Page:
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William Carlos Williams on How It Used to Be

March 13, 2014

Saul of Tarsus said that it is better to marry than to burn. Perhaps that is the approach of the modern anti-sex movements. But in his collection of stories and essays, In the American Grain (1925), William Carlos Williams tells of the dangers at the end of this course:

It’s inevitable that men shall go down the scale until they strike what they want – or can get. There was the young medical fellow, a New Englander, in the State Asylum at Worcester, a periodic maniac; his history fascinated me. He is a clever physician, and a man of excellent antecedents. Shortly after college (and a medical education takes so long that a man is in his late twenties before he can afford to marry) he married a woman far below his class, – he had to to get her. Shortly realizing his fatal error, he promptly, being a sensitive man, went insane, – and was as promptly divorced and committed to the asylum by his wife, proving the soundness of his mind – fundamentally. He has married three times since and has always gone mad: a little like Strindberg. But the reasoning here is truly American. Trained a Puritan, he was bursting for lack of sexual satisfaction. Unwilling to commit the sin of fornication and being unable to get a wife of his own class, due to poverty, or what not – he married someone below his scale of aesthetic or emotional relief. Thus the greater was sacrificed to the lesser. Now he was overcome with anguish. His life was ruined. He bitterly assailed himself for his folly and lost all control. In the hospital, he worked well in the laboratory – but he was truly insane. There is no class to absorb this stress.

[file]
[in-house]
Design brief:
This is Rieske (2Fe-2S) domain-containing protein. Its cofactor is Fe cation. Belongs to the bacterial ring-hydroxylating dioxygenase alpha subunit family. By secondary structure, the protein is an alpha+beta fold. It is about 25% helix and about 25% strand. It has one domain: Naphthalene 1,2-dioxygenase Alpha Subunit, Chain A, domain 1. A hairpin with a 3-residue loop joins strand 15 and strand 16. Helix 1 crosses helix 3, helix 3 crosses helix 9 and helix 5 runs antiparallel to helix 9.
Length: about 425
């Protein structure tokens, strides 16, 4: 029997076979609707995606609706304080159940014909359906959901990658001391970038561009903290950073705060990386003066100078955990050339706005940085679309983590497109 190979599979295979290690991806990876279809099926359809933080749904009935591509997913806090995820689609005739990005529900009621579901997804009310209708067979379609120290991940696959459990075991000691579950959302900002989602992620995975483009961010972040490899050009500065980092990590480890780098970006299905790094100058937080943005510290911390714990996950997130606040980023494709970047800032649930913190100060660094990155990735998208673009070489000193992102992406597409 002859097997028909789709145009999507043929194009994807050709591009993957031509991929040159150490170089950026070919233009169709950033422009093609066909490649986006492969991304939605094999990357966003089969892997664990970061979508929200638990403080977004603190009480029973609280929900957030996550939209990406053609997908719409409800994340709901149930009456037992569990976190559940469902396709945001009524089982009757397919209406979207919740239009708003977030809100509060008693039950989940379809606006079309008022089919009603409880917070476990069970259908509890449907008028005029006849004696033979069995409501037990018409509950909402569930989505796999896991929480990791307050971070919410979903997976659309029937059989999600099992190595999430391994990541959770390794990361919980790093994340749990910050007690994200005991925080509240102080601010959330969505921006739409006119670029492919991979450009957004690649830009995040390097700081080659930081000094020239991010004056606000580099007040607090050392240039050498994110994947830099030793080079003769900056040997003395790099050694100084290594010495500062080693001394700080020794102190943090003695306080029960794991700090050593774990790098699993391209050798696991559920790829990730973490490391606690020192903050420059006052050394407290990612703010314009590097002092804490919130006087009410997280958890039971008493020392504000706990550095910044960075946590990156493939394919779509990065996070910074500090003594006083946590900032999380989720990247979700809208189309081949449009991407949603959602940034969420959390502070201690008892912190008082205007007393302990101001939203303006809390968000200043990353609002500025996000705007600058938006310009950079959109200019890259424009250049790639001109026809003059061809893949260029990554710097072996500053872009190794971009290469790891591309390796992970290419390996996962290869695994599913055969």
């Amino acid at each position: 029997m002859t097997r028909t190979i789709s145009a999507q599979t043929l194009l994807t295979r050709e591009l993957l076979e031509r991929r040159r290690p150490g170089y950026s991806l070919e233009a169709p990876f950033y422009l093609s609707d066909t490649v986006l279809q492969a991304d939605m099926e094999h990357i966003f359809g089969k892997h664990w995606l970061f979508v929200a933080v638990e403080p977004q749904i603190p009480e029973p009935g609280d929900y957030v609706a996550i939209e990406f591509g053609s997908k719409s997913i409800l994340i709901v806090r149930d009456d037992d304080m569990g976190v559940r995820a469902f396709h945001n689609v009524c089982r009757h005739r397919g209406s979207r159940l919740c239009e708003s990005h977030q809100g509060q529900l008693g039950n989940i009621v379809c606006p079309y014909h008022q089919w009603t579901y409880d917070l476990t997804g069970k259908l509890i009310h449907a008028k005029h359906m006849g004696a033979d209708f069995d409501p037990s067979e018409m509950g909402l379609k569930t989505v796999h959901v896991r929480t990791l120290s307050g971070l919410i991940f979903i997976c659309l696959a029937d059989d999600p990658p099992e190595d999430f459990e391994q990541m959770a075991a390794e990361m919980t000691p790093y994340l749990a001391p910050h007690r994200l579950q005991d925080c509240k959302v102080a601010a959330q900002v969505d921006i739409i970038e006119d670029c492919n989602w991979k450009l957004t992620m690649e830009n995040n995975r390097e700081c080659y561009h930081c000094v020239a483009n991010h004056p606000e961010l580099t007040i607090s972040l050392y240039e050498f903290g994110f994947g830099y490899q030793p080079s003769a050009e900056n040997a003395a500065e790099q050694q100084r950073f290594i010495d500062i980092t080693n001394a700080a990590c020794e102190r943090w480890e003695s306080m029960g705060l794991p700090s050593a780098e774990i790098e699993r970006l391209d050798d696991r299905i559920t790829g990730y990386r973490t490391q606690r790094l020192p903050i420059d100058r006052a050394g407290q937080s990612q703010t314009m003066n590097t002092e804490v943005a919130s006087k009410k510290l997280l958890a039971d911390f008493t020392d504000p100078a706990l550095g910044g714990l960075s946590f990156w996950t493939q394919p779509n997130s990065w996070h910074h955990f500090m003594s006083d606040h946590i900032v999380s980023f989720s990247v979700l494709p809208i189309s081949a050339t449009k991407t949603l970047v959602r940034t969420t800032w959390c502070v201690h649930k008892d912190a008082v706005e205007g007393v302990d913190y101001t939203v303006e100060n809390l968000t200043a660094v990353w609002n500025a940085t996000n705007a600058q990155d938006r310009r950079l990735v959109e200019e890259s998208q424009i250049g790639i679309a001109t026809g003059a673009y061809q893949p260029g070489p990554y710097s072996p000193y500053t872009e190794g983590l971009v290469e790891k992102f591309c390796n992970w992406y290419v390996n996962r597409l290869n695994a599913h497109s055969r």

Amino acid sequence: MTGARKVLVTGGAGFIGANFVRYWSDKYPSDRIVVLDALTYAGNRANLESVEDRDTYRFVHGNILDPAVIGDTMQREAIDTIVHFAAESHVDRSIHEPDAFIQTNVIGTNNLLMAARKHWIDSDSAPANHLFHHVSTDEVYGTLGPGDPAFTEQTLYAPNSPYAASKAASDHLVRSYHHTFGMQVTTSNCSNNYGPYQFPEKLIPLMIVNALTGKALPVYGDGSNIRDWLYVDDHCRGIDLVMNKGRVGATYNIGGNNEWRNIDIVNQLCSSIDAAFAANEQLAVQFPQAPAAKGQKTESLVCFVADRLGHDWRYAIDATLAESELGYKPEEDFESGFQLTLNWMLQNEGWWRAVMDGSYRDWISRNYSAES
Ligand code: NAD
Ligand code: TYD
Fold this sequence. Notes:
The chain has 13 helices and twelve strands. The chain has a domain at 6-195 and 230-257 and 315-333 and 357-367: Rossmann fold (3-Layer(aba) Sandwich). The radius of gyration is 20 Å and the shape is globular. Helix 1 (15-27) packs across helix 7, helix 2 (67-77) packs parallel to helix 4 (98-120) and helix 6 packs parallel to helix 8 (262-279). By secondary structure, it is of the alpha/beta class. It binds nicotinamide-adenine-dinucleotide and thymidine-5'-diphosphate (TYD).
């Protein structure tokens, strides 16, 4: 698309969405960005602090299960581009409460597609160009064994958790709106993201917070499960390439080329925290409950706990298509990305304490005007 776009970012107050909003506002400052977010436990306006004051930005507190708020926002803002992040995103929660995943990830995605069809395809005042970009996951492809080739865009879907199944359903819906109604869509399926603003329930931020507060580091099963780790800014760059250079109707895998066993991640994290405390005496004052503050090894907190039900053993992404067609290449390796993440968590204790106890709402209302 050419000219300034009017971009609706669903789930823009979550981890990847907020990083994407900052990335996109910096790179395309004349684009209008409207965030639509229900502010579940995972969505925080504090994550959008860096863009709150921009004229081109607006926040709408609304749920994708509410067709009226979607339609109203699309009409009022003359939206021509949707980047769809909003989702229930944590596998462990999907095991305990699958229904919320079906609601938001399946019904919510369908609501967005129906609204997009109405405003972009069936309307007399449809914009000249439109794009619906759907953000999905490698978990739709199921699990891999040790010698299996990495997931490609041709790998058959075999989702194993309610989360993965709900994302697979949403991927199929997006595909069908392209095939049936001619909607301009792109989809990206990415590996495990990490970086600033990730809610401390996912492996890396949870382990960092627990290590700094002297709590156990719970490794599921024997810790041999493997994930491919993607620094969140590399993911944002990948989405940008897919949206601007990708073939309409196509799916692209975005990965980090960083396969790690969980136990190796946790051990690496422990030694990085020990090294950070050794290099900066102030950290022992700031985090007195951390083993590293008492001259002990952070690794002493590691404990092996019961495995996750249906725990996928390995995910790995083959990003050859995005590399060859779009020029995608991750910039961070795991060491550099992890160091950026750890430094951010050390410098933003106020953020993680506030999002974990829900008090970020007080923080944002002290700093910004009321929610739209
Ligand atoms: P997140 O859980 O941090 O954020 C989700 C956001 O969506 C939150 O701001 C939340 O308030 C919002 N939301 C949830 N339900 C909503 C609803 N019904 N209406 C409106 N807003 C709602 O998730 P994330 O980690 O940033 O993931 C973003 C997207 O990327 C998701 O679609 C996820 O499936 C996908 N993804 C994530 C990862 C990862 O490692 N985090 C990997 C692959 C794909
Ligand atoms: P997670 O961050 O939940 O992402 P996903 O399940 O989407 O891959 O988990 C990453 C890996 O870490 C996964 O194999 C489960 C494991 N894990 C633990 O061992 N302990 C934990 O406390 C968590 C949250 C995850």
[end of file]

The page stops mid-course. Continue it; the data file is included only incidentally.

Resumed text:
(This is from the essay ‘Jacataqua’.)

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